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3=2 ! Ramanujam's Proof!.... Can U Find Any Flaws?


24 replies to this topic

#1 shiv

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Posted 21 March 2006 - 10:57 AM

[note=szupie]Copied from http://hishamthu.blo...-any-flaws.html[/note]

Ramanujam's proof!!.... Can u find any flaws??


Can U Prove 3=2??

This seems to be an anomaly or whatever u call in mathematics.

It seems, Ramanujam found it but never disclosed it during his life time and that it has been found from his dairy.

See this illustration:

-6 = -6

9-15 = 4-10

adding 25/4 to both sides:

9-15+(25/4) = 4-10+(25/4 )

(this is just like : a2 – 2(a)(B) + b2 = (a-B)2 )

Here a = 3, b=5/2 for L.H.S and a =2, b=5/2 for R.H.S.

So it can be expressed as follows:

(3-5/2) 2 = (2-5/2)2

Taking positive square root on both sides:

3 - 5/2 = 2 - 5/2

3 = 2 ????????


Edited by szupie, 21 March 2006 - 11:05 PM.


#2 Guest_mastercomputers_*

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Posted 21 March 2006 - 12:45 PM

Well everything seems to check out right, except I found those algebraic equations hard to interpret, here's something that may help interpret why this maybe so:

a^2 - 2ab / c + ( b^2 ) / ( c^2 ) = ( c - ( b / c ) )^2

Where

a = 3, b = 5 , c = 2 and ^x is used to represent powers by x (a number)

So in that above equation, what you're trying to prove is that:

a = c

And it's quite obvious, in that relationship, considering there's no 'a' equivalent on the RHS, so in solving this equation to it's simpliest form, it's possible, you'll get a = c.

I haven't proved this, however I've looked at the above post and can see why it would be considered this, Ramanujam was an excellent Mathematician, could say he was obsessed/artistic with numbers.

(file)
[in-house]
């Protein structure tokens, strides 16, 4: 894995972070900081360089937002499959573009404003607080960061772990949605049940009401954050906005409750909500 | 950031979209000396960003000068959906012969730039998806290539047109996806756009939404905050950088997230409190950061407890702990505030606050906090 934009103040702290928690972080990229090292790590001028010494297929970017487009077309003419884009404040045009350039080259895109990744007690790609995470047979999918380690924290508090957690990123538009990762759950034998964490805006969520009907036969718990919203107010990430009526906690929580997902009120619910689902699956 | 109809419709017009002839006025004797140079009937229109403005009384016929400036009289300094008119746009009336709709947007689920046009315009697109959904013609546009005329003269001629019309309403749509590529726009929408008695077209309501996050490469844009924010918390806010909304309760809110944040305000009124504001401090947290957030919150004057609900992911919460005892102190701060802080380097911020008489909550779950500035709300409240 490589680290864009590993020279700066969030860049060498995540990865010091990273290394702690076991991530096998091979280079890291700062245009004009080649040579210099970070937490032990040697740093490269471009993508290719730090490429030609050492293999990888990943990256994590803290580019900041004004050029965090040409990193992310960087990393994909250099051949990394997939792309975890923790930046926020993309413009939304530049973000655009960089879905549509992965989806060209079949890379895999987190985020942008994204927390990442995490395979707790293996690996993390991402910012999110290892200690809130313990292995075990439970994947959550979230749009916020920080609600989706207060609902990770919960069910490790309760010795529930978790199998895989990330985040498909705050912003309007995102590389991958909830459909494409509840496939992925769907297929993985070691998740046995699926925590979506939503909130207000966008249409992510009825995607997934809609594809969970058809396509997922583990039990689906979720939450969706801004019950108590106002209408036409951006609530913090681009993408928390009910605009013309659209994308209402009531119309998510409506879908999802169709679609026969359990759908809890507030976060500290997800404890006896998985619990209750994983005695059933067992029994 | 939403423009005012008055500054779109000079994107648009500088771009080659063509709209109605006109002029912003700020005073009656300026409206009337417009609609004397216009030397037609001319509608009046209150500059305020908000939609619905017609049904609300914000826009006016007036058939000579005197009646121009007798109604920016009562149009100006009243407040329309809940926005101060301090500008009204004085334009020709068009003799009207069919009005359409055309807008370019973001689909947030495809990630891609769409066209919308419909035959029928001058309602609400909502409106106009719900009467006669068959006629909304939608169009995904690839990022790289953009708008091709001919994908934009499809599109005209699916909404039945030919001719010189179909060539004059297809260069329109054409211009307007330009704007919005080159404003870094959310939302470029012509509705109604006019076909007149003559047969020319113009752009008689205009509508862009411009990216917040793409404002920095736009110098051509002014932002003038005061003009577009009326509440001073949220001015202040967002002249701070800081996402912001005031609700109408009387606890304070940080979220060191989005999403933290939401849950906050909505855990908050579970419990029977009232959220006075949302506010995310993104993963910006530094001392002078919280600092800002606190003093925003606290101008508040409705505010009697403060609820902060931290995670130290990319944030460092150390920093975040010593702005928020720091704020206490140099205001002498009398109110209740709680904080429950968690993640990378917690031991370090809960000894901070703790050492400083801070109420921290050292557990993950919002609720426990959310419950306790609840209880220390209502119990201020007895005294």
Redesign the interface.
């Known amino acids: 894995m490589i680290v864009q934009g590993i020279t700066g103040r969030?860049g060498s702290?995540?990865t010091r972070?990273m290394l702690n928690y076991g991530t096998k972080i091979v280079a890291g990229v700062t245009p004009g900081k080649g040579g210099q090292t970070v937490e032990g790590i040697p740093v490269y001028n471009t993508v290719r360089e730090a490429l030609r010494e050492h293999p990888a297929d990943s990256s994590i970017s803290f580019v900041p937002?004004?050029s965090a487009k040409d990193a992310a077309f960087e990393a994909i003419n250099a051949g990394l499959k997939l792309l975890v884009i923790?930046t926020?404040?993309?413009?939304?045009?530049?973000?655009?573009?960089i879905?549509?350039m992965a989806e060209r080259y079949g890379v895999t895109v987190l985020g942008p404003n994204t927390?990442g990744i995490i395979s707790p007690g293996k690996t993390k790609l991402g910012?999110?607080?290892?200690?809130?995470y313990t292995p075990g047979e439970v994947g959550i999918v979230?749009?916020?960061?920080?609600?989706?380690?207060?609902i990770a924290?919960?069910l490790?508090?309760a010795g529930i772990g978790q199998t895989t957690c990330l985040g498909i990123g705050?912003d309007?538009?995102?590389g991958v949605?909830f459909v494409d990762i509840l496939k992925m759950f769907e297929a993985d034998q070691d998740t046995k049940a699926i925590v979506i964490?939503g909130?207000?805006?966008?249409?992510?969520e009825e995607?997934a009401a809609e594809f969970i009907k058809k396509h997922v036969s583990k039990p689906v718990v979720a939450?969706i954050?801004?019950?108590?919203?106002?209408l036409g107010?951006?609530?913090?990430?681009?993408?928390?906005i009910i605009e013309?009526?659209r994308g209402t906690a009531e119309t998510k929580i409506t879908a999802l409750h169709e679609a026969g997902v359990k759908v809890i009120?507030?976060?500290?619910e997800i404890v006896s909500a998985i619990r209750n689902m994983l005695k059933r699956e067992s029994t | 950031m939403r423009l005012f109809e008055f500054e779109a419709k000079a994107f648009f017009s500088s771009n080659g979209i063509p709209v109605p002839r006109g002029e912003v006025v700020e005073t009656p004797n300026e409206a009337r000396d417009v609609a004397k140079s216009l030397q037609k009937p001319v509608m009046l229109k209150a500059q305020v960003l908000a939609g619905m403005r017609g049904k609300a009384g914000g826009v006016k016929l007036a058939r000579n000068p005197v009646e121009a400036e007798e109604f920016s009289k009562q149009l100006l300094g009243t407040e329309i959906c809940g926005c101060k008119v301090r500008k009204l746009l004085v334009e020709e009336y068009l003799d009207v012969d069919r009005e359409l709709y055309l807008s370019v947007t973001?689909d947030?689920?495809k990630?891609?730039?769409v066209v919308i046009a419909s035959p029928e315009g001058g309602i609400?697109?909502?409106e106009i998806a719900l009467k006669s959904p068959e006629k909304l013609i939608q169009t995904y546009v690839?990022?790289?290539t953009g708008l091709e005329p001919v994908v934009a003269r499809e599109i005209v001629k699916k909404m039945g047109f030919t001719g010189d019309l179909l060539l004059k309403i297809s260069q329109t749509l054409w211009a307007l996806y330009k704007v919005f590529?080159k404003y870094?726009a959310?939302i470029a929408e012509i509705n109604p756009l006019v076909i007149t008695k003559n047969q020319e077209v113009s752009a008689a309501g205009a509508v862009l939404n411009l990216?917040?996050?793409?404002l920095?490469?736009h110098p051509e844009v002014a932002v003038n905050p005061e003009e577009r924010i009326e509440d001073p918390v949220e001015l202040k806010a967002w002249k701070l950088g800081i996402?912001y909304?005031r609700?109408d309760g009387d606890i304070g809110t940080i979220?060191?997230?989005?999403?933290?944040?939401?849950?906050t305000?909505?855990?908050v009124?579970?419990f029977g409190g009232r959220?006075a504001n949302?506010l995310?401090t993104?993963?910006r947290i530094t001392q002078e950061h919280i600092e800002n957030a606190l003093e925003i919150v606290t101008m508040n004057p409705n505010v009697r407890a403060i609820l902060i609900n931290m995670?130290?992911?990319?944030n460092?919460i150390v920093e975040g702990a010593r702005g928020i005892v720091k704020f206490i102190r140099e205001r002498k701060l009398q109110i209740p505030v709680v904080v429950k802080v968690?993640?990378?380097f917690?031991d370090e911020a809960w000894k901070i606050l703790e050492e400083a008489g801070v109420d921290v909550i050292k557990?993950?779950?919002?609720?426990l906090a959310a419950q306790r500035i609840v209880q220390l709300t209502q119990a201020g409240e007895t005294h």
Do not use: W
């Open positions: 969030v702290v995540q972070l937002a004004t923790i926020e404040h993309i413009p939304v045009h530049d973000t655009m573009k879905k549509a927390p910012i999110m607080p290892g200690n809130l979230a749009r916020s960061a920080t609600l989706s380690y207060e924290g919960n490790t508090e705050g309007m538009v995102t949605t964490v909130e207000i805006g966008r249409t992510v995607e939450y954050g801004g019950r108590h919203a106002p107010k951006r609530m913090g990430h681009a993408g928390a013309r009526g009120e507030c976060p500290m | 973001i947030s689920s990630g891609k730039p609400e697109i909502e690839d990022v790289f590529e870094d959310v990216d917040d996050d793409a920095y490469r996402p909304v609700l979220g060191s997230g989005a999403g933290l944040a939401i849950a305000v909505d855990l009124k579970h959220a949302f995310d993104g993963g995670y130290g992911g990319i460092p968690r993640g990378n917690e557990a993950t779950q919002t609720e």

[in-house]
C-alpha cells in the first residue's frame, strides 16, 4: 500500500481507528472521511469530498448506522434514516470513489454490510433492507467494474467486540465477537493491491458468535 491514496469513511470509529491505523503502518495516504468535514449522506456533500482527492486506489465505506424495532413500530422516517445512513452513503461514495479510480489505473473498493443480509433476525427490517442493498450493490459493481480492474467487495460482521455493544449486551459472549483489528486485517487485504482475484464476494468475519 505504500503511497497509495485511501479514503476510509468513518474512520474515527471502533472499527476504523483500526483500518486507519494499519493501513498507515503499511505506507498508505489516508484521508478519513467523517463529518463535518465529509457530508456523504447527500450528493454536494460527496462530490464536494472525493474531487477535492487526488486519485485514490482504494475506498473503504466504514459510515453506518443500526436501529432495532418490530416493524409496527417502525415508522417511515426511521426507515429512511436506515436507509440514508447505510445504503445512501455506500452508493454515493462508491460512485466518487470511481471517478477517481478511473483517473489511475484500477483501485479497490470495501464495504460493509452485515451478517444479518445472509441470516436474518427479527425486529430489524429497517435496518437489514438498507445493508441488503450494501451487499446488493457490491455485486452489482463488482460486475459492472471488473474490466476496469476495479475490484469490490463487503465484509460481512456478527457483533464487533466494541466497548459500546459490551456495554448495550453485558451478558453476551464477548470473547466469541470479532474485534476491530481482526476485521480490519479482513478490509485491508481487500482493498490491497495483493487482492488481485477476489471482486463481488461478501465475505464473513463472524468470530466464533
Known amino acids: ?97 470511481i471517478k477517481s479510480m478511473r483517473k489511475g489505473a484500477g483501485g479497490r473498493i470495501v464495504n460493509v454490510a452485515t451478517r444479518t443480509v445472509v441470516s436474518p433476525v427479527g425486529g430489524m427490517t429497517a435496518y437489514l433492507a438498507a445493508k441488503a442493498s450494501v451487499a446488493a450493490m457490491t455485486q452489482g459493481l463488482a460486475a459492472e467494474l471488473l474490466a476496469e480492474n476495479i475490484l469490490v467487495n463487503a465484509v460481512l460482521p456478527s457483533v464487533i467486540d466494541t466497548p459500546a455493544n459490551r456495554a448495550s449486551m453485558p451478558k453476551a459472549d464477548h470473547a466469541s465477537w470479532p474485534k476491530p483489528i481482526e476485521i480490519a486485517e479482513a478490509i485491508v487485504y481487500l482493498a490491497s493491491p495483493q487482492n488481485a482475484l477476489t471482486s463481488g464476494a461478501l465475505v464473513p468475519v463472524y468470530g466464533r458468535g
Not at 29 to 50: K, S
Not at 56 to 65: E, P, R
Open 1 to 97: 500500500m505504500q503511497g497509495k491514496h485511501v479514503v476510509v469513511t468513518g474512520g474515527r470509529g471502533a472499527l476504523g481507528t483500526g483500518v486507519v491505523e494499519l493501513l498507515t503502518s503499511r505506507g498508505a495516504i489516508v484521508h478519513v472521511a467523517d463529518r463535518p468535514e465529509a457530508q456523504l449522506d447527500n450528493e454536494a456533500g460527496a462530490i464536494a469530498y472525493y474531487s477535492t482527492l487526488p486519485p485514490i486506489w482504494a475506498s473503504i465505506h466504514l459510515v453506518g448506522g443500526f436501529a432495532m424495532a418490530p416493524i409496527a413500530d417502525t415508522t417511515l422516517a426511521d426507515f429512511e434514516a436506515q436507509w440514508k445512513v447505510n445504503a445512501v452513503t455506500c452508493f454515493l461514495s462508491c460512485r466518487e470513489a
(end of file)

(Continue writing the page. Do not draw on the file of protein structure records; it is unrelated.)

Cheers,


MC

#3 Guest_mastercomputers_*

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Posted 21 March 2006 - 05:52 PM

If this is the case, then 'a' can be any number except 0 or 1 and possibly negative numbers although I never checked:

e.g.

If a = 5 then c = a - 1 and b = a + c

a = 5, b = 9, c = 4

or

If a = 4, c = a + 1, b = a + c

The equation I'm using is:

a^2 - ab + b^2/c^2 = c^2 - bc + b^2/c^2

5^2-5*9+9^2/4^2 = 4^2-9*4+9^2/4^2

I don't know how to put it, but 'a = c' does not work with my equation other than 'a' could be replaced with 'c' as long as 'c' follows the rules of 'a - 1' or 'a + 1' and that 'b' remains 'a + c', in quadratic equations you can have two answers, although I'm trying to think how this came about, could it be a graphed on a 3D cube?

Hopefully someone can make sense of this, but that's it for me, basically without the additional added to it, we get a^2 - ab = c^2 - bc which evaluates to true as well.


Cheers,


MC

#4 pyost

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Posted 21 March 2006 - 07:28 PM

If you have this:

(3-5/2)^2=(2-5/2)^2

it doesn't mean that the square roots of those two are equal. Here's an example:

(-2)^2=(2)^2

but this one is not true

-2=2

However, if you have a=b, then a^2 is equal to b^2.


It is a simple mathematical rule:

sqrt((x)^2) = b b >= 0

This one has to solutions:
x=b
x=-b

On the other hand, if b is negative, the equasion has no solution, because a square root cannot give a negative number.
sqrt((3-5/2)^2) = sqrt((2-5/2)^2) = -1/2

After all, I am going to a mathematical school :o

~edit~

The approach was a bit wrong, here's a better one.
N.B. |x| = -x if x<0 or |x|=x if x>=0

Here's the solution to the equasion:
sqrt(x^2)=sqrt(y^2)
|x|=|y| <-- this is always so, that's how you do it.

Now when we replace those, we get:
|3-5/2|=|2-5/2|
|1/2|=|-1/2|

And that get's us to 1/2=1/2 :P Simple as that, just had to find a glitch (not in the matrix, lol)

Edited by pyost, 22 March 2006 - 09:26 AM.


#5 demolaynyc

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Posted 25 March 2006 - 04:09 AM

Well everything seems to check out right, except I found those algebraic equations hard to interpret, here's something that may help interpret why this maybe so: